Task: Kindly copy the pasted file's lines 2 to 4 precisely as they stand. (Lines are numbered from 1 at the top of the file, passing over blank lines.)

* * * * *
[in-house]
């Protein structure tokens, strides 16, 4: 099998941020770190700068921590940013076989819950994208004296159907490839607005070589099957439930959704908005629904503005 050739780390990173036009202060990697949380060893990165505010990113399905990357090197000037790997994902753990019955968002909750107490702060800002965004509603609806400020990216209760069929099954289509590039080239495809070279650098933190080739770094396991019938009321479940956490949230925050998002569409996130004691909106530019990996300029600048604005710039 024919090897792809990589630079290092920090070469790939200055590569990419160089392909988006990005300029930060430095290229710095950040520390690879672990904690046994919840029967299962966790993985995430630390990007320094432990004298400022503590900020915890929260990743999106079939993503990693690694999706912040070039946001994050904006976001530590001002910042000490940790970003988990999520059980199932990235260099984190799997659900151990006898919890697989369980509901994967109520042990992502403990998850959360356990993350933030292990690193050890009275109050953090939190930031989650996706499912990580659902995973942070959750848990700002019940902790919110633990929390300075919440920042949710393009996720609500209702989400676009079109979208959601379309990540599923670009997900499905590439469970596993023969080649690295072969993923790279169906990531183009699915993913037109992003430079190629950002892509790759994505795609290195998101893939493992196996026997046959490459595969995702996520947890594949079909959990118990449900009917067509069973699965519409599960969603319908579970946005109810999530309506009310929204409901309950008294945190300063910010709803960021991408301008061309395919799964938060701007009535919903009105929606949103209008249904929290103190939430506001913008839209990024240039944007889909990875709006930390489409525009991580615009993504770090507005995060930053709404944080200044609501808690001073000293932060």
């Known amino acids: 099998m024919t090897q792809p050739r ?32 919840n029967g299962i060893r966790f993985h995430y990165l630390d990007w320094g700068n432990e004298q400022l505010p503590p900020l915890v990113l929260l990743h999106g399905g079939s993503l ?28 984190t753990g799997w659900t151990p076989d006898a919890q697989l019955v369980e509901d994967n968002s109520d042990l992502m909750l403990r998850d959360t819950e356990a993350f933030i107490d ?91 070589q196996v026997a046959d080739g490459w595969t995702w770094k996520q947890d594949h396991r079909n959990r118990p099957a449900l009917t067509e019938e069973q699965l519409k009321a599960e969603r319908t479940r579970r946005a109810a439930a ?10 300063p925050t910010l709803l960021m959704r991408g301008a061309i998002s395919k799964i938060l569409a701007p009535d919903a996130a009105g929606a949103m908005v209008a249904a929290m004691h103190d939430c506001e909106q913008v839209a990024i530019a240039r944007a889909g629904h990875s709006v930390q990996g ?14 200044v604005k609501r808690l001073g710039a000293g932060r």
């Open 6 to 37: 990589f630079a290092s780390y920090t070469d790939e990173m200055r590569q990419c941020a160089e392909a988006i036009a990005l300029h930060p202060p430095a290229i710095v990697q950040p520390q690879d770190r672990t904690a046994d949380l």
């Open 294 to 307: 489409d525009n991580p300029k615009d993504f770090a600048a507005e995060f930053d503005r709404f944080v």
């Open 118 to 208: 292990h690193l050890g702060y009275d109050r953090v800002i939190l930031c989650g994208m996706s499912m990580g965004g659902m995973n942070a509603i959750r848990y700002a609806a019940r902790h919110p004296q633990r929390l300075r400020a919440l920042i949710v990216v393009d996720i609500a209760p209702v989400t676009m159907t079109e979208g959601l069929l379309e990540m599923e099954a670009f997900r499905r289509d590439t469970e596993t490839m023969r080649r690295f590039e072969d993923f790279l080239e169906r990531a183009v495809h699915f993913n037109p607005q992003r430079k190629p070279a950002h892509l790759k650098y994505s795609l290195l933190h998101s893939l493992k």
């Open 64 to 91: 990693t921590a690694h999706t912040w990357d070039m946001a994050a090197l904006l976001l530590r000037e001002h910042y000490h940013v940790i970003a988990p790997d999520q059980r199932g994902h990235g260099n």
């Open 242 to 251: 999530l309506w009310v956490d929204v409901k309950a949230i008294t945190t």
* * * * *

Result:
């Protein structure tokens, strides 16, 4: 099998941020770190700068921590940013076989819950994208004296159907490839607005070589099957439930959704908005629904503005 050739780390990173036009202060990697949380060893990165505010990113399905990357090197000037790997994902753990019955968002909750107490702060800002965004509603609806400020990216209760069929099954289509590039080239495809070279650098933190080739770094396991019938009321479940956490949230925050998002569409996130004691909106530019990996300029600048604005710039 024919090897792809990589630079290092920090070469790939200055590569990419160089392909988006990005300029930060430095290229710095950040520390690879672990904690046994919840029967299962966790993985995430630390990007320094432990004298400022503590900020915890929260990743999106079939993503990693690694999706912040070039946001994050904006976001530590001002910042000490940790970003988990999520059980199932990235260099984190799997659900151990006898919890697989369980509901994967109520042990992502403990998850959360356990993350933030292990690193050890009275109050953090939190930031989650996706499912990580659902995973942070959750848990700002019940902790919110633990929390300075919440920042949710393009996720609500209702989400676009079109979208959601379309990540599923670009997900499905590439469970596993023969080649690295072969993923790279169906990531183009699915993913037109992003430079190629950002892509790759994505795609290195998101893939493992196996026997046959490459595969995702996520947890594949079909959990118990449900009917067509069973699965519409599960969603319908579970946005109810999530309506009310929204409901309950008294945190300063910010709803960021991408301008061309395919799964938060701007009535919903009105929606949103209008249904929290103190939430506001913008839209990024240039944007889909990875709006930390489409525009991580615009993504770090507005995060930053709404944080200044609501808690001073000293932060």
């Known amino acids: 099998m024919t090897q792809p050739r ?32 919840n029967g299962i060893r966790f993985h995430y990165l630390d990007w320094g700068n432990e004298q400022l505010p503590p900020l915890v990113l929260l990743h999106g399905g079939s993503l ?28 984190t753990g799997w659900t151990p076989d006898a919890q697989l019955v369980e509901d994967n968002s109520d042990l992502m909750l403990r998850d959360t819950e356990a993350f933030i107490d ?91 070589q196996v026997a046959d080739g490459w595969t995702w770094k996520q947890d594949h396991r079909n959990r118990p099957a449900l009917t067509e019938e069973q699965l519409k009321a599960e969603r319908t479940r579970r946005a109810a439930a ?10 300063p925050t910010l709803l960021m959704r991408g301008a061309i998002s395919k799964i938060l569409a701007p009535d919903a996130a009105g929606a949103m908005v209008a249904a929290m004691h103190d939430c506001e909106q913008v839209a990024i530019a240039r944007a889909g629904h990875s709006v930390q990996g ?14 200044v604005k609501r808690l001073g710039a000293g932060r």
């Open 6 to 37: 990589f630079a290092s780390y920090t070469d790939e990173m200055r590569q990419c941020a160089e392909a988006i036009a990005l300029h930060p202060p430095a290229i710095v990697q950040p520390q690879d770190r672990t904690a046994d949380l």